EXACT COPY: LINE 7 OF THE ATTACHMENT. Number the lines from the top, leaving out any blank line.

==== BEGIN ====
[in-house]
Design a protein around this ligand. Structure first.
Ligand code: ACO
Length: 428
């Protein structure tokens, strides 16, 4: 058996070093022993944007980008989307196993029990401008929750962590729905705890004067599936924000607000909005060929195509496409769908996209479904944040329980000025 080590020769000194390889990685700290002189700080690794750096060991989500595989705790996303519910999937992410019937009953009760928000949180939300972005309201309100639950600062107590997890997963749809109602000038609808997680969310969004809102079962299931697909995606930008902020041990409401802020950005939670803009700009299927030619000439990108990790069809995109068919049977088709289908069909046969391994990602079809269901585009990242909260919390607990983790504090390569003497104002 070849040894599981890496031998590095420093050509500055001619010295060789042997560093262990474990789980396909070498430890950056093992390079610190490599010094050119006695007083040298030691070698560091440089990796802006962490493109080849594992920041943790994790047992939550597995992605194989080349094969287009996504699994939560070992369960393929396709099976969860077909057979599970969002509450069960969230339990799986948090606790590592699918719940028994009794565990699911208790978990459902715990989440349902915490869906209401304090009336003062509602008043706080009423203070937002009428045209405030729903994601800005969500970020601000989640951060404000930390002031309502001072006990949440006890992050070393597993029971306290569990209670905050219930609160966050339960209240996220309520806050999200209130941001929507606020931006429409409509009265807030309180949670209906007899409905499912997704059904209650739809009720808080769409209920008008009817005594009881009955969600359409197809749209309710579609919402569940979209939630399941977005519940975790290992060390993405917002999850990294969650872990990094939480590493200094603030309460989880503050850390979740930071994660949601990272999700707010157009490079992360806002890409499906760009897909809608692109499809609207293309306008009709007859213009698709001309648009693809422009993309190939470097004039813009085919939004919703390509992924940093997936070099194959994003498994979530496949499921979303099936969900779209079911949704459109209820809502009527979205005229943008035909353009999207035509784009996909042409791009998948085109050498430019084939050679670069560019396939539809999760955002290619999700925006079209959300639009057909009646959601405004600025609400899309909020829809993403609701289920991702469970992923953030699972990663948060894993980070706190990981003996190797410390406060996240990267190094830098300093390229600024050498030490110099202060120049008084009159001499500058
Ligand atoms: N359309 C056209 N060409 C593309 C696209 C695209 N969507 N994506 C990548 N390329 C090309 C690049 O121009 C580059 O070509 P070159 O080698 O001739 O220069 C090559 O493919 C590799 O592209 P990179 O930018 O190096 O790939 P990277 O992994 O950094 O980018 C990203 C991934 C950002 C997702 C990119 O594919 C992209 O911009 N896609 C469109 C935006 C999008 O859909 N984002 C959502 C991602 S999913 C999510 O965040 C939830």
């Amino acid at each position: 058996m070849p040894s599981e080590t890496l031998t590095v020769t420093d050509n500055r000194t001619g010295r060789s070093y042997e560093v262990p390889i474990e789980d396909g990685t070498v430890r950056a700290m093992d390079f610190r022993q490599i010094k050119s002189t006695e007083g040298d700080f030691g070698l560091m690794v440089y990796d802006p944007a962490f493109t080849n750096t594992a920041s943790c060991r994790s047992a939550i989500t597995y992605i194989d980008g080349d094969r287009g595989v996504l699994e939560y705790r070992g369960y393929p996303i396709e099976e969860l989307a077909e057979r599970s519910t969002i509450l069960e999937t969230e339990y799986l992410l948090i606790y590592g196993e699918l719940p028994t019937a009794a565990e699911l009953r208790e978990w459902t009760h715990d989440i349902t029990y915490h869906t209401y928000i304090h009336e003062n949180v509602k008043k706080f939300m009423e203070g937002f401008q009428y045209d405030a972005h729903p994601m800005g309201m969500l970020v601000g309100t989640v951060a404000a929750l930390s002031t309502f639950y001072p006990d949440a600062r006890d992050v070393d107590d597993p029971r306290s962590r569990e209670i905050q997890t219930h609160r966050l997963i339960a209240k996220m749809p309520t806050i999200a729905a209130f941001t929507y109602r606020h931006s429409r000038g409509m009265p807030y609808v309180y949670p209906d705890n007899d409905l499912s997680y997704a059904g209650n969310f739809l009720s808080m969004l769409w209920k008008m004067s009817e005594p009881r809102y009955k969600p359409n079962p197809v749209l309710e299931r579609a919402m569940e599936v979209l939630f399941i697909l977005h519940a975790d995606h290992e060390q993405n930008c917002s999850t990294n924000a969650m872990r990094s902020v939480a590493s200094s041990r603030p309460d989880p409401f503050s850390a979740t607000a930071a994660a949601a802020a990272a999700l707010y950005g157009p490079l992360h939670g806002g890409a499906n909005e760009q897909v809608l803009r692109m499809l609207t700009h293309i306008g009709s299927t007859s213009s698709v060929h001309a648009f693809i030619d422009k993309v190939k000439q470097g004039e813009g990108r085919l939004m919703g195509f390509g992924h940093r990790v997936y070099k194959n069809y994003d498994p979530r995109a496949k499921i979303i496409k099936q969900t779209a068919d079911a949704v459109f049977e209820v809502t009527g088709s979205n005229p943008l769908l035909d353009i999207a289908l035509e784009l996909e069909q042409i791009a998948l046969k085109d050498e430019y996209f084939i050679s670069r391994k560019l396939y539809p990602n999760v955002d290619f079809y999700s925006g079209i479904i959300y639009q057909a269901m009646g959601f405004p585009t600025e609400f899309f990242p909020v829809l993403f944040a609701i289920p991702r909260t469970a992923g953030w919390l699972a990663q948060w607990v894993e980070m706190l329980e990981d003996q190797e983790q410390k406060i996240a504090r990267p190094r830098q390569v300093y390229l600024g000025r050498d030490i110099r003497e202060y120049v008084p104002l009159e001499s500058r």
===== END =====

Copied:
């Amino acid at each position: 058996m070849p040894s599981e080590t890496l031998t590095v020769t420093d050509n500055r000194t001619g010295r060789s070093y042997e560093v262990p390889i474990e789980d396909g990685t070498v430890r950056a700290m093992d390079f610190r022993q490599i010094k050119s002189t006695e007083g040298d700080f030691g070698l560091m690794v440089y990796d802006p944007a962490f493109t080849n750096t594992a920041s943790c060991r994790s047992a939550i989500t597995y992605i194989d980008g080349d094969r287009g595989v996504l699994e939560y705790r070992g369960y393929p996303i396709e099976e969860l989307a077909e057979r599970s519910t969002i509450l069960e999937t969230e339990y799986l992410l948090i606790y590592g196993e699918l719940p028994t019937a009794a565990e699911l009953r208790e978990w459902t009760h715990d989440i349902t029990y915490h869906t209401y928000i304090h009336e003062n949180v509602k008043k706080f939300m009423e203070g937002f401008q009428y045209d405030a972005h729903p994601m800005g309201m969500l970020v601000g309100t989640v951060a404000a929750l930390s002031t309502f639950y001072p006990d949440a600062r006890d992050v070393d107590d597993p029971r306290s962590r569990e209670i905050q997890t219930h609160r966050l997963i339960a209240k996220m749809p309520t806050i999200a729905a209130f941001t929507y109602r606020h931006s429409r000038g409509m009265p807030y609808v309180y949670p209906d705890n007899d409905l499912s997680y997704a059904g209650n969310f739809l009720s808080m969004l769409w209920k008008m004067s009817e005594p009881r809102y009955k969600p359409n079962p197809v749209l309710e299931r579609a919402m569940e599936v979209l939630f399941i697909l977005h519940a975790d995606h290992e060390q993405n930008c917002s999850t990294n924000a969650m872990r990094s902020v939480a590493s200094s041990r603030p309460d989880p409401f503050s850390a979740t607000a930071a994660a949601a802020a990272a999700l707010y950005g157009p490079l992360h939670g806002g890409a499906n909005e760009q897909v809608l803009r692109m499809l609207t700009h293309i306008g009709s299927t007859s213009s698709v060929h001309a648009f693809i030619d422009k993309v190939k000439q470097g004039e813009g990108r085919l939004m919703g195509f390509g992924h940093r990790v997936y070099k194959n069809y994003d498994p979530r995109a496949k499921i979303i496409k099936q969900t779209a068919d079911a949704v459109f049977e209820v809502t009527g088709s979205n005229p943008l769908l035909d353009i999207a289908l035509e784009l996909e069909q042409i791009a998948l046969k085109d050498e430019y996209f084939i050679s670069r391994k560019l396939y539809p990602n999760v955002d290619f079809y999700s925006g079209i479904i959300y639009q057909a269901m009646g959601f405004p585009t600025e609400f899309f990242p909020v829809l993403f944040a609701i289920p991702r909260t469970a992923g953030w919390l699972a990663q948060w607990v894993e980070m706190l329980e990981d003996q190797e983790q410390k406060i996240a504090r990267p190094r830098q390569v300093y390229l600024g000025r050498d030490i110099r003497e202060y120049v008084p104002l009159e001499s500058r």